Muhlausen argues: “The promise of proactive policing strategies make it critical that we understand their effectiveness through rigorous and replicable research.”
It could be argued that D.A.R.E. represents/reflects the leading edge of a more rigorous, scientifically-driven strategy for proactive, community-based policing.
Day, L.E., Miller-Day, M., Hecht, M.L., & Fehmie, D. (2017). Coming to the new D.A.R.E.: A preliminary test of the officer-taught elementary keepin’ it REAL curriculum. Addictive Behaviors, doi:10.1026/j.addbeh.2017.05.025
Miller, T., & Hendrie, D. (2008). Substance Abuse Dollars and Cents: A Cost-Benefit Analysis. DHHS Pub. No. (SMA) 07-4298. Rockville, MD: Center for Substance Abuse Prevention, Substance Abuse and Mental Health Services Administration.
Hammond, A., Sloboda, Z., Tonkin, P., Stephens, R., Teasdale, B., Grey, S., & Williams, J. (2017). Do adolescents perceive police officers as credible instructors of substance abuse prevention programs? Health Education Research, 23, 682-696.
Hecht, M.L., Marsiglia, F.F., Elek-Fisk, E., Wagstaff, D.A., Kulis, S., Dustman, P., & Miller-Day, M. (2003). Culturally-grounded substance use prevention: An evaluation of the keepin’ it REAL curriculum. Prevention Science, 6, 233-248.
Hecht, M.L., Graham, J.W., & Elek, E. (2006). The Drug Resistance Strategies Intervention: Program effects on substance use. Health Communication, 20, 267-276. PMID17137418.
Kulis, S., Nieri, T., Yabiku, S., Stromwall, L.K., & Marsiglia, F.F. (2007). Promoting reduced and discontinued substance use among adolescent substance users: Effectiveness of a universal prevention program. Prevention Science, 37, 123-144.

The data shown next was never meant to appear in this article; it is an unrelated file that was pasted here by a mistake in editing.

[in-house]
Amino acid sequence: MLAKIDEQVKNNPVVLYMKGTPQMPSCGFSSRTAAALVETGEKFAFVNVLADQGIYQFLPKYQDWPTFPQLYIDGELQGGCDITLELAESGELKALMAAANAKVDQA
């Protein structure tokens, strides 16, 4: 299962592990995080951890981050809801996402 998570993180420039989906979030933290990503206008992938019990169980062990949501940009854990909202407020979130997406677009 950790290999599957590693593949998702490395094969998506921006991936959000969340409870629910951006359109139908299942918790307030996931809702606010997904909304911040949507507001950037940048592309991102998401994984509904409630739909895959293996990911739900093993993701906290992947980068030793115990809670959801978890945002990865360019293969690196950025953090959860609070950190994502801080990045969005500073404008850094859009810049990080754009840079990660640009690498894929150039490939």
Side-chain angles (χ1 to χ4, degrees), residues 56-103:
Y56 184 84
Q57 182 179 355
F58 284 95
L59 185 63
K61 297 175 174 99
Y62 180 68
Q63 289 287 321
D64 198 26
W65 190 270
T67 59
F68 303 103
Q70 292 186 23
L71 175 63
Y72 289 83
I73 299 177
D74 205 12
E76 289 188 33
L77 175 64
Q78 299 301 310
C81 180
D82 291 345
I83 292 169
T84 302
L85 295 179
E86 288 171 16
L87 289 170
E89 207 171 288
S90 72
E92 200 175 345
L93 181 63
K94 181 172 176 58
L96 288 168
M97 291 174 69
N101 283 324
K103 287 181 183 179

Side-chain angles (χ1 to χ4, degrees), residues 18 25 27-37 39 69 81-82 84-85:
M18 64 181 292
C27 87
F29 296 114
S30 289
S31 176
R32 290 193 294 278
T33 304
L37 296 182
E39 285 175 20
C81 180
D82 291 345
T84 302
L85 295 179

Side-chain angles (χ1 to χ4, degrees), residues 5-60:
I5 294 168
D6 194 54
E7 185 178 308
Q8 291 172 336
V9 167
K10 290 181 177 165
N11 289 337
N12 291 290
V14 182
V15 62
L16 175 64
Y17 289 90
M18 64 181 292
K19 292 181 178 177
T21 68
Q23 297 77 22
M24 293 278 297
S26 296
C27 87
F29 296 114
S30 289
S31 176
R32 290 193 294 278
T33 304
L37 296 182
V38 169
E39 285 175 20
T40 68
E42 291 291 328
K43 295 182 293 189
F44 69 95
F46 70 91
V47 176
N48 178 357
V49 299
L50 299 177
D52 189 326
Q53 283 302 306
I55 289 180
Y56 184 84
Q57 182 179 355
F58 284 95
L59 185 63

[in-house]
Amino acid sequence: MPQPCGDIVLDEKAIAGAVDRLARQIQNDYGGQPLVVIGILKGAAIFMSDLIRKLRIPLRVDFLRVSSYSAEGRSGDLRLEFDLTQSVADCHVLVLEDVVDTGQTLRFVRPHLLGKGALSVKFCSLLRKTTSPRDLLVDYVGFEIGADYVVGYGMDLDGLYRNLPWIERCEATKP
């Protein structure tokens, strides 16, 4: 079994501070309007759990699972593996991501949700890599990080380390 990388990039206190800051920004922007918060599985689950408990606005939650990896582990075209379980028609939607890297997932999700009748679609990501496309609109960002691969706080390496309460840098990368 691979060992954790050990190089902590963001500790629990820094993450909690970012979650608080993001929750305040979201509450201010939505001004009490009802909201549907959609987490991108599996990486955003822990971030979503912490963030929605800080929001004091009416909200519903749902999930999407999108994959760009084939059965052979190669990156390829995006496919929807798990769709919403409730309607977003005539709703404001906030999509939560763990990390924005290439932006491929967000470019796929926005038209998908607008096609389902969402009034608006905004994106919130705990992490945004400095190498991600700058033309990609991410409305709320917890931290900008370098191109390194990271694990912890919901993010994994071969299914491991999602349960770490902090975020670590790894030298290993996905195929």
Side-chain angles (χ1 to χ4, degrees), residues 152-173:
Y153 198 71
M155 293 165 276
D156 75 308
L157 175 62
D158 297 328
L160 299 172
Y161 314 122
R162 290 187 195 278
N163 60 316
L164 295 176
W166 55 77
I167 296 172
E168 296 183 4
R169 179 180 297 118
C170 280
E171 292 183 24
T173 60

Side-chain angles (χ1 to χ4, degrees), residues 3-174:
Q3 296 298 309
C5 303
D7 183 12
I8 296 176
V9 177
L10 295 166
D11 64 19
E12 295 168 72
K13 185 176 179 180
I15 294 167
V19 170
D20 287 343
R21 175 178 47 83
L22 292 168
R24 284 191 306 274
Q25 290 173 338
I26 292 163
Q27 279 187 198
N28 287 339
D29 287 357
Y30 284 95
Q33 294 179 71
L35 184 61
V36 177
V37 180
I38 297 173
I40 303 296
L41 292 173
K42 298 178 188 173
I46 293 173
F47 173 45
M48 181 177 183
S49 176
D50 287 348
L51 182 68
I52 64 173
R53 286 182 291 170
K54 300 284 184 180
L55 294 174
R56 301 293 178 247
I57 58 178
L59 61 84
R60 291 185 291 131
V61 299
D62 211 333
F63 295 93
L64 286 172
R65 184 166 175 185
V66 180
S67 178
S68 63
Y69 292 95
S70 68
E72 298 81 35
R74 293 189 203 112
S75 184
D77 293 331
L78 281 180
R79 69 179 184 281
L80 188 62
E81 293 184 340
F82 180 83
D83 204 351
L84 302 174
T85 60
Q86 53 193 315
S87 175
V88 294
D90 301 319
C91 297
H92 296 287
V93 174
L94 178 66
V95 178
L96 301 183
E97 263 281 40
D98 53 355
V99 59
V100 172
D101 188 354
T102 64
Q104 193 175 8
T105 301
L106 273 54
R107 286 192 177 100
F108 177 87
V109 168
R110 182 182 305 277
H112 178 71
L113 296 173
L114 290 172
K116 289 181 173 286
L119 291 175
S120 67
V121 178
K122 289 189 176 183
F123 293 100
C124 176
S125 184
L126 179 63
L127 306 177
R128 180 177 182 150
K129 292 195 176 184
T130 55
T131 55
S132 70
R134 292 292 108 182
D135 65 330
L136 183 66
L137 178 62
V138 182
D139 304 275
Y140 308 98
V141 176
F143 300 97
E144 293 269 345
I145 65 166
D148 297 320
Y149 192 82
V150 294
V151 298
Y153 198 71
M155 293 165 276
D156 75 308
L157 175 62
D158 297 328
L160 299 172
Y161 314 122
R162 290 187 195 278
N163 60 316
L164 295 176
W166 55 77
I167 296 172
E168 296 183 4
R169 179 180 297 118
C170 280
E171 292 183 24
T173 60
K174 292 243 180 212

Marsiglia, F.F., Kulis, S., Yabiku, S.T., Nieri, T.A., & Coleman, E. (2010). When to intervene: Elementary school, middle school, or both? Effects of keepin’ it REAL on substance use trajectories of Mexican Heritage youth. Prevention Science, 12, 48-62.
Pettigrew, J., Graham, J.W., Miller-Day, M., Hecht, M.L., Krieger, J.L., & Shin, Y. (2015). Adherence and delivery quality: Implementation quality and outcomes of 7th grade keepin’ it REAL program. Prevention Science, 16:1, 90-99. Doi: 10.1007/511121-014-0459-1. PMCID41j04152.NIHM5272841.
Hecht, M.L., Shin, Y., Pettigrew, J., Miller-Day, M., & Krieger, J.L. (2018). Designed cultural adaptation and delivery quality in rural substance use prevention: An effectiveness trial of the keepin’ it REAL curriculum. Prevention Science, 19, 1008-1018.
Fearnow-Kenney, M., Wyrick, D.L., Milroy, J.J., Reifsteck, E., Kelly, S.E., & Day, T.F. (2016). The effect of a web-based alcohol prevention program on social norms, expectancies, and intentions to prevent harm among college student athletes. The Sports Psychologist.
Lewis, T., Wyrick, D.L., Milroy, J.J., Hebard, S., & Wachtel, K. (2018). Profiles of binge and non-binge drinking student athletes: The role of proximal norms, negative expectancies, and selected socio-demographic variables. Journal of Child and Adolescent Substance Abuse.
Milroy, J.J., Orsini, M.M., Wyrick, D.L., Fearnow-Kenney, M., Kelly, S., & Burley, J. (2015). A national study of the reasons for use and non-use of alcohol among college student athletes by sex, race, and NCAA division. Journal of Alcohol and Drug Education, 59 (1).
Wahesh, E., Lewis, T., Wyrick, D.L., Borders, D., & Ackerman, T. (2015). Perceived norms, outcome expectancies, and collegiate drinking: Examining the mediating role of drinking motives. Journal of Addictions and Offender Counseling, 36 (2).
Banerjee, S.C., & Greene, K. (2006). Analysis versus production: Adolescent cognitive and attitudinal responses to anti-smoking interventions. Journal of Communication, 56, 773-794.
Banerjee, S.C., & Greene, K. (2007). Anti-smoking initiatives: Effects of analysis versus production media literacy interventions on smoking-related attitude, norm, and behavioral intention. Health Communication, 22, 37-48.
Banerjee, S.C., Greene, K., Magsamen-Conrad, K., Elek, E., & Hecht, M. (2015). Interpersonal communication outcomes of a media literacy alcohol prevention curriculum. Translational Behavioral Medicine, 5, 425-432.
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Copyright © 2021 D.A.R.E. America.
All Rights Reserved.